Archive for March, 2012

Nestlé Creates 100 Percent Recyclable Packaging for Easter Eggs

Tuesday, March 27th, 2012

As the Easter season nears, many of us can’t help but dig into a bag of Nestlé chocolate Easter eggs. Every year, nearly 25 million (that’s a lot of chocolate eggs!) of the chocolate eggs are produced in the U.K., which accounts for over 10% of Britain’s annual chocolate sales.

This year, Nestlé UK & Ireland has made their egg packaging 100 percent recyclable , making them the first producer of confectionery goods to use 100 percent recyclable packaging across its entire Easter egg range.

Nestlé converted to 100 percent recyclable packaging by replacing the rigid plastic with cardboard. The eco-packaging project removed all plastic packaging from the eggs and took six years to complete. The change of materials is estimated to save roughly 725 tons of plastic waste from entering landfills per year. That number is based on the comparison of the weight of plastic used in 2008 to manufacture the Easter egg boxes.

Throughout the past few years, Nestlé UK & Ireland has made efforts to reduce the weight of the packaging for its Easter eggs and in 2006 succeeded in reducing the weight of the small and medium-sized eggs by 30-50 percent. Then, in 2009, the company hit a milestone by becoming the first major confectioner to replace non-recyclable plastic with recyclable cardboard packaging in 20 million eggs, which equates to 80 percent of the line. Efforts then continued and in 2011, 100 tons of plastic were removed across the entire line.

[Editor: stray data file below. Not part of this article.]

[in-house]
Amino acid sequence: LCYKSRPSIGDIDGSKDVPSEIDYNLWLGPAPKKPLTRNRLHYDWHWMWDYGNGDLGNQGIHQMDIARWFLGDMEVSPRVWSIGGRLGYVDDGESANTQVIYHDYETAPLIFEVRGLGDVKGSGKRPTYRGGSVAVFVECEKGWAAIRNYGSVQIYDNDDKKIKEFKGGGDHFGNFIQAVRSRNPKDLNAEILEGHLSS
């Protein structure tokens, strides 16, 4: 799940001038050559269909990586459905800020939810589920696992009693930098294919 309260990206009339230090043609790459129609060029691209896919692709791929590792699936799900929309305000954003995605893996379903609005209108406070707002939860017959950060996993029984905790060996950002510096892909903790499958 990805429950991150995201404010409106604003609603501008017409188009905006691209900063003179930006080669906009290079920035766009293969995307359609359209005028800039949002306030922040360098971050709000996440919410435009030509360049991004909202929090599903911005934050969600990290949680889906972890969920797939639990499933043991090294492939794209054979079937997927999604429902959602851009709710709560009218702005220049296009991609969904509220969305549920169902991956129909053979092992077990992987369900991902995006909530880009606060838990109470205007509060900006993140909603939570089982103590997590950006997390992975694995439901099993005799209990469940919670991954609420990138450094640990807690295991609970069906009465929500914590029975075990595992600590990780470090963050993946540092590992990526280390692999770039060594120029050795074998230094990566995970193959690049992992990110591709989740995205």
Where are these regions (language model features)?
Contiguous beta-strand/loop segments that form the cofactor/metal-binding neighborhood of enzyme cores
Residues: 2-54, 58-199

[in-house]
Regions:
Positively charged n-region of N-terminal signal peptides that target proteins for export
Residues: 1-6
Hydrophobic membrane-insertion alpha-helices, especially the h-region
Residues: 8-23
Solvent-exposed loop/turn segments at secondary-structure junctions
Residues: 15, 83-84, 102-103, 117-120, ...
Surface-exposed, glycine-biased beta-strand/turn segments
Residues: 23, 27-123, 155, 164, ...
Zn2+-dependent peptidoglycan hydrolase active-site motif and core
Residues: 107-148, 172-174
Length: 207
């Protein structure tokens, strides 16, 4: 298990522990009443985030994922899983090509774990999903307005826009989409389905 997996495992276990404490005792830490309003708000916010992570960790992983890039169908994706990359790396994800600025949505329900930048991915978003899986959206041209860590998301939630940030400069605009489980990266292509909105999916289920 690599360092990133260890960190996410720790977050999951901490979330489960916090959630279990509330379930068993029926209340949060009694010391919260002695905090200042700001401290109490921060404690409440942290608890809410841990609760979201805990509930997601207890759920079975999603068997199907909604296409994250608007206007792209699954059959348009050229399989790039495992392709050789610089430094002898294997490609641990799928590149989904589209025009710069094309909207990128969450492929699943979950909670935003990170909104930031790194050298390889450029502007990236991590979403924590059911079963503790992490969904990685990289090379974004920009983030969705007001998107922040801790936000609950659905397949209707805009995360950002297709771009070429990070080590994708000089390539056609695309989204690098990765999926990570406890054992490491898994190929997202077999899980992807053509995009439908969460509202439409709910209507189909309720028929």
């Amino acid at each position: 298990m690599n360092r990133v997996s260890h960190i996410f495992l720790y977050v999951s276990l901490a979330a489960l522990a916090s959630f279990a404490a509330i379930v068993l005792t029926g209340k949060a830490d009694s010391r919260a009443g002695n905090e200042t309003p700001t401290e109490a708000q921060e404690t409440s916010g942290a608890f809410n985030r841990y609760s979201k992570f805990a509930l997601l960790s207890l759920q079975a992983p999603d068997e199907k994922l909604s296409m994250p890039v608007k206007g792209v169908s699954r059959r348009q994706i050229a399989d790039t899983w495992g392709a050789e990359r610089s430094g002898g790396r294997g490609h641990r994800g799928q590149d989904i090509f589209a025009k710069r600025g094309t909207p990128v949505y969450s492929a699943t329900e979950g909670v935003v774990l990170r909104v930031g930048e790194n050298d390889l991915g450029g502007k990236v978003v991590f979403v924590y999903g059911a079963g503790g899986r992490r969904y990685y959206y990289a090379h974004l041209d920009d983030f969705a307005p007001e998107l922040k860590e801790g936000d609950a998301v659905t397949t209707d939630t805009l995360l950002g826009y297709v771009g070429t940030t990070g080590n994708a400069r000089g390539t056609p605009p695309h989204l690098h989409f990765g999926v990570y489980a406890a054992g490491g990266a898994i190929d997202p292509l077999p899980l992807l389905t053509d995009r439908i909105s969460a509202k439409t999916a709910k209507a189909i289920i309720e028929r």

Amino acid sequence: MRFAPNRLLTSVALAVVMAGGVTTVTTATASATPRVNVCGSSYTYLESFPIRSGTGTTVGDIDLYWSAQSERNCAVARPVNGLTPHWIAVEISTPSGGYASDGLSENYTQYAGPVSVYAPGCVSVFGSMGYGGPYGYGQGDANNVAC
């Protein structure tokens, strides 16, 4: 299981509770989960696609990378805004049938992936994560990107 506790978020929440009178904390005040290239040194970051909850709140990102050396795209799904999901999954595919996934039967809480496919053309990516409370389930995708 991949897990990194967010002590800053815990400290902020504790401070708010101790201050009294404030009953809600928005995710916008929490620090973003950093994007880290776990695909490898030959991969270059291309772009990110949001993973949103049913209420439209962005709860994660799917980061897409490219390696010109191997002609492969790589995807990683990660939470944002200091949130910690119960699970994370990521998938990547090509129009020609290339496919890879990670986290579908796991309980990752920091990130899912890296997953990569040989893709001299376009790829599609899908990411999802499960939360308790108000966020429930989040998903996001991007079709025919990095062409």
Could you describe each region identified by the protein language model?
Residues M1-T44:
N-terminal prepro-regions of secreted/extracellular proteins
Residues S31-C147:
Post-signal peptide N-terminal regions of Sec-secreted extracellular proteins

Easter egg packaging has been known to create lots of packaging waste and it is estimated that in 2009, packaging from the eggs created 3,000 tons of waste in the U.K. alone. In 2011 86 million Easter eggs were sold, a market valued at £280 million ($445 million), Nestlé said.